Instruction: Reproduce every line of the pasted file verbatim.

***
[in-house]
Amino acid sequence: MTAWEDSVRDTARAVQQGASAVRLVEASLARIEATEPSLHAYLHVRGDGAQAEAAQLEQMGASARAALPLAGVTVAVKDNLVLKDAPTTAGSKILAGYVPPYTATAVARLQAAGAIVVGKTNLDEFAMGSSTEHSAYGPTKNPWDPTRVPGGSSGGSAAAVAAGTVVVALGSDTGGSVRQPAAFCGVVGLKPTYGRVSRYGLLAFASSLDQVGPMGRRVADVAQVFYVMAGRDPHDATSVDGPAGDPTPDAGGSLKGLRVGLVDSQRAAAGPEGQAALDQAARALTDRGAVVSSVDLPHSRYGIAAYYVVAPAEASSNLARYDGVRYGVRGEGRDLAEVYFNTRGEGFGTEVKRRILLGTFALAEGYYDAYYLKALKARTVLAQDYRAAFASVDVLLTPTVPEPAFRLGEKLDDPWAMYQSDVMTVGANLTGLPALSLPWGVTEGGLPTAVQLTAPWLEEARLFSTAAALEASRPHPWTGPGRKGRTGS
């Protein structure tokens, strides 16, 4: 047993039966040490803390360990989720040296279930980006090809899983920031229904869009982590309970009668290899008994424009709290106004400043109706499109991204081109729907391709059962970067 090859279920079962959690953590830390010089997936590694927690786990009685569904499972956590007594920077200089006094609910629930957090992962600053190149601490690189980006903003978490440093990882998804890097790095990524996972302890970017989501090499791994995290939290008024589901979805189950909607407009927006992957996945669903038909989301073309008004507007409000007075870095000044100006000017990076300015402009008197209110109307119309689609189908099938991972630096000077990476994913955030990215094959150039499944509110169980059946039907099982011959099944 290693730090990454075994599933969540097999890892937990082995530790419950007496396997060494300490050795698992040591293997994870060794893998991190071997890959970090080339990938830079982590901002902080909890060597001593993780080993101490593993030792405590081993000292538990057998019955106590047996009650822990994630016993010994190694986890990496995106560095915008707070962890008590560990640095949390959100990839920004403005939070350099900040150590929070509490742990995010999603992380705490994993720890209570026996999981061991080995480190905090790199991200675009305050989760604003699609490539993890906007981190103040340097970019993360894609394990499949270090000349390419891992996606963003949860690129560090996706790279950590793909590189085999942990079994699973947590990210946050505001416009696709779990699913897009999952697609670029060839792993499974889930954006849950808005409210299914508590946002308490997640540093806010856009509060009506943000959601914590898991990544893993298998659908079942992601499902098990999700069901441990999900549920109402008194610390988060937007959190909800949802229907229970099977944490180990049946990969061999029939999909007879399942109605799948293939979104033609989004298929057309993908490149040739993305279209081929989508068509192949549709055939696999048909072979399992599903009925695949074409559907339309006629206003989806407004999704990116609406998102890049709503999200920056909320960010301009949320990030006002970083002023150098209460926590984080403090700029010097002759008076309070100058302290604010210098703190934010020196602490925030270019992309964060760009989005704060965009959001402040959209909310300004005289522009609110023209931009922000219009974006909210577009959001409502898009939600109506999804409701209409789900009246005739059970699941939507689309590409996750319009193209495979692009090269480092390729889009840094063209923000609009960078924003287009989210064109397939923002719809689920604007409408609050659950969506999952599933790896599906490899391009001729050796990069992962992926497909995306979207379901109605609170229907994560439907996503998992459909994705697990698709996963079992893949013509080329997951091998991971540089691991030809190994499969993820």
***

[in-house]
Amino acid sequence: MTAWEDSVRDTARAVQQGASAVRLVEASLARIEATEPSLHAYLHVRGDGAQAEAAQLEQMGASARAALPLAGVTVAVKDNLVLKDAPTTAGSKILAGYVPPYTATAVARLQAAGAIVVGKTNLDEFAMGSSTEHSAYGPTKNPWDPTRVPGGSSGGSAAAVAAGTVVVALGSDTGGSVRQPAAFCGVVGLKPTYGRVSRYGLLAFASSLDQVGPMGRRVADVAQVFYVMAGRDPHDATSVDGPAGDPTPDAGGSLKGLRVGLVDSQRAAAGPEGQAALDQAARALTDRGAVVSSVDLPHSRYGIAAYYVVAPAEASSNLARYDGVRYGVRGEGRDLAEVYFNTRGEGFGTEVKRRILLGTFALAEGYYDAYYLKALKARTVLAQDYRAAFASVDVLLTPTVPEPAFRLGEKLDDPWAMYQSDVMTVGANLTGLPALSLPWGVTEGGLPTAVQLTAPWLEEARLFSTAAALEASRPHPWTGPGRKGRTGS
């Protein structure tokens, strides 16, 4: 047993039966040490803390360990989720040296279930980006090809899983920031229904869009982590309970009668290899008994424009709290106004400043109706499109991204081109729907391709059962970067 090859279920079962959690953590830390010089997936590694927690786990009685569904499972956590007594920077200089006094609910629930957090992962600053190149601490690189980006903003978490440093990882998804890097790095990524996972302890970017989501090499791994995290939290008024589901979805189950909607407009927006992957996945669903038909989301073309008004507007409000007075870095000044100006000017990076300015402009008197209110109307119309689609189908099938991972630096000077990476994913955030990215094959150039499944509110169980059946039907099982011959099944 290693730090990454075994599933969540097999890892937990082995530790419950007496396997060494300490050795698992040591293997994870060794893998991190071997890959970090080339990938830079982590901002902080909890060597001593993780080993101490593993030792405590081993000292538990057998019955106590047996009650822990994630016993010994190694986890990496995106560095915008707070962890008590560990640095949390959100990839920004403005939070350099900040150590929070509490742990995010999603992380705490994993720890209570026996999981061991080995480190905090790199991200675009305050989760604003699609490539993890906007981190103040340097970019993360894609394990499949270090000349390419891992996606963003949860690129560090996706790279950590793909590189085999942990079994699973947590990210946050505001416009696709779990699913897009999952697609670029060839792993499974889930954006849950808005409210299914508590946002308490997640540093806010856009509060009506943000959601914590898991990544893993298998659908079942992601499902098990999700069901441990999900549920109402008194610390988060937007959190909800949802229907229970099977944490180990049946990969061999029939999909007879399942109605799948293939979104033609989004298929057309993908490149040739993305279209081929989508068509192949549709055939696999048909072979399992599903009925695949074409559907339309006629206003989806407004999704990116609406998102890049709503999200920056909320960010301009949320990030006002970083002023150098209460926590984080403090700029010097002759008076309070100058302290604010210098703190934010020196602490925030270019992309964060760009989005704060965009959001402040959209909310300004005289522009609110023209931009922000219009974006909210577009959001409502898009939600109506999804409701209409789900009246005739059970699941939507689309590409996750319009193209495979692009090269480092390729889009840094063209923000609009960078924003287009989210064109397939923002719809689920604007409408609050659950969506999952599933790896599906490899391009001729050796990069992962992926497909995306979207379901109605609170229907994560439907996503998992459909994705697990698709996963079992893949013509080329997951091998991971540089691991030809190994499969993820």